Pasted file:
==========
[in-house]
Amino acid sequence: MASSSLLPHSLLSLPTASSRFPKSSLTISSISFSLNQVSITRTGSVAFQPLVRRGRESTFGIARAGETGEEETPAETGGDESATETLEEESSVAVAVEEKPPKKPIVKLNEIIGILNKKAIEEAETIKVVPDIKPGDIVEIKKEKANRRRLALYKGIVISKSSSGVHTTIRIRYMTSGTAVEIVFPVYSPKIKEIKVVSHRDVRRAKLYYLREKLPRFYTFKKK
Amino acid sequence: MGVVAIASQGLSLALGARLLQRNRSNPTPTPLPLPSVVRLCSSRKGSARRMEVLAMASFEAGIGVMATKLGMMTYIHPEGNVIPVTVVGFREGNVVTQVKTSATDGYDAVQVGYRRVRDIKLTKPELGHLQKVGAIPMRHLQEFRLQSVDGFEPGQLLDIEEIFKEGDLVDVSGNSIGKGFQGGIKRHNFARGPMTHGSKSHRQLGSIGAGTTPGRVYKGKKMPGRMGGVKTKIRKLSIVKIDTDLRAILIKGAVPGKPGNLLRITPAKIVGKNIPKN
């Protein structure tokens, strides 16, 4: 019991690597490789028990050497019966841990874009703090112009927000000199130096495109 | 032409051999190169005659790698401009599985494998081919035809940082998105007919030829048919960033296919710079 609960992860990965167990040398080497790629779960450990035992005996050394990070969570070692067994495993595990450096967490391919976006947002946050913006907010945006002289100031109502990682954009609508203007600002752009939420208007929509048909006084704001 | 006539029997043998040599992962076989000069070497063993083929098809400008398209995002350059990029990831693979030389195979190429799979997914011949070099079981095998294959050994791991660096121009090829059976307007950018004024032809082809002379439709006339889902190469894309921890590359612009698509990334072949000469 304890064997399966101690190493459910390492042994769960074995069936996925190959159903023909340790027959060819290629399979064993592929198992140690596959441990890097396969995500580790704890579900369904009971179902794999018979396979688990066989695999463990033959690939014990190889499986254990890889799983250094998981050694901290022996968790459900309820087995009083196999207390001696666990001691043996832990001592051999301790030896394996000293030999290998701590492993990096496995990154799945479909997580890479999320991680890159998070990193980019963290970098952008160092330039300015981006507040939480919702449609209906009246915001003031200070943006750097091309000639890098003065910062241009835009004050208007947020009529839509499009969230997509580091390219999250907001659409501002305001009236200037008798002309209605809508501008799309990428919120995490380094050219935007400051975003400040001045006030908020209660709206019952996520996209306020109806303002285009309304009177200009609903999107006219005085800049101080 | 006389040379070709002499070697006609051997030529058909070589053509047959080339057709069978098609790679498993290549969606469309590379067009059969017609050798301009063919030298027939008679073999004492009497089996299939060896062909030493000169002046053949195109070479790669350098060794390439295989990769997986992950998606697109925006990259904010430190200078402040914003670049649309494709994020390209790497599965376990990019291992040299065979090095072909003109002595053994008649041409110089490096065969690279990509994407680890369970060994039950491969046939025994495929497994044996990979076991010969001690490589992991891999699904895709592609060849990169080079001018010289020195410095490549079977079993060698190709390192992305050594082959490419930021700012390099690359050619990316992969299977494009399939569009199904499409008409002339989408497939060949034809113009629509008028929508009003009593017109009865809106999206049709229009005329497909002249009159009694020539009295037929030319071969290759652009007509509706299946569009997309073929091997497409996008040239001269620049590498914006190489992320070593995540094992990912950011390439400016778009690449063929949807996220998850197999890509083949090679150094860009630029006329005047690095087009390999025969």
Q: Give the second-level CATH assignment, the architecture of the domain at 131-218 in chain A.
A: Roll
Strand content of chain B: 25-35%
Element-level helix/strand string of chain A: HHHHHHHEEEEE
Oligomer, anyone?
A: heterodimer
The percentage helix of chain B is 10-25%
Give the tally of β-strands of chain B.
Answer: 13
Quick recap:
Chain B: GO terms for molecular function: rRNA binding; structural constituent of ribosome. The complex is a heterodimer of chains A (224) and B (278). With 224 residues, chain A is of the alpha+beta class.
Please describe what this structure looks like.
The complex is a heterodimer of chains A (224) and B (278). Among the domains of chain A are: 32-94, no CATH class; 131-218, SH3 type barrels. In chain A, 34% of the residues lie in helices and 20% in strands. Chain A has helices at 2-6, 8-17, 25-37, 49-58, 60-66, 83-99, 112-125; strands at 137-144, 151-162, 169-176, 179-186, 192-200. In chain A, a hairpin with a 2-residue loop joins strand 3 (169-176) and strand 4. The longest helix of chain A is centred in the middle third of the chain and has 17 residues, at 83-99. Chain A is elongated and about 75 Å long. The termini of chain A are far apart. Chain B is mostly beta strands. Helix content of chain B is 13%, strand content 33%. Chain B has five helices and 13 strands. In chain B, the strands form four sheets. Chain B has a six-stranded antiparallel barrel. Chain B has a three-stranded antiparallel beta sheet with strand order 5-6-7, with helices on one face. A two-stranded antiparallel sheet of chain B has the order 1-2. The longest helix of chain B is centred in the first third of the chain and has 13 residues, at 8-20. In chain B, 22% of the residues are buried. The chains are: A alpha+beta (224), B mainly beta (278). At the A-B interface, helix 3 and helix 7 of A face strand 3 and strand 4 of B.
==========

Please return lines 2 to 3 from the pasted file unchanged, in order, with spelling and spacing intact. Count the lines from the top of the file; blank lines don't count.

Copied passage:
Amino acid sequence: MASSSLLPHSLLSLPTASSRFPKSSLTISSISFSLNQVSITRTGSVAFQPLVRRGRESTFGIARAGETGEEETPAETGGDESATETLEEESSVAVAVEEKPPKKPIVKLNEIIGILNKKAIEEAETIKVVPDIKPGDIVEIKKEKANRRRLALYKGIVISKSSSGVHTTIRIRYMTSGTAVEIVFPVYSPKIKEIKVVSHRDVRRAKLYYLREKLPRFYTFKKK
Amino acid sequence: MGVVAIASQGLSLALGARLLQRNRSNPTPTPLPLPSVVRLCSSRKGSARRMEVLAMASFEAGIGVMATKLGMMTYIHPEGNVIPVTVVGFREGNVVTQVKTSATDGYDAVQVGYRRVRDIKLTKPELGHLQKVGAIPMRHLQEFRLQSVDGFEPGQLLDIEEIFKEGDLVDVSGNSIGKGFQGGIKRHNFARGPMTHGSKSHRQLGSIGAGTTPGRVYKGKKMPGRMGGVKTKIRKLSIVKIDTDLRAILIKGAVPGKPGNLLRITPAKIVGKNIPKN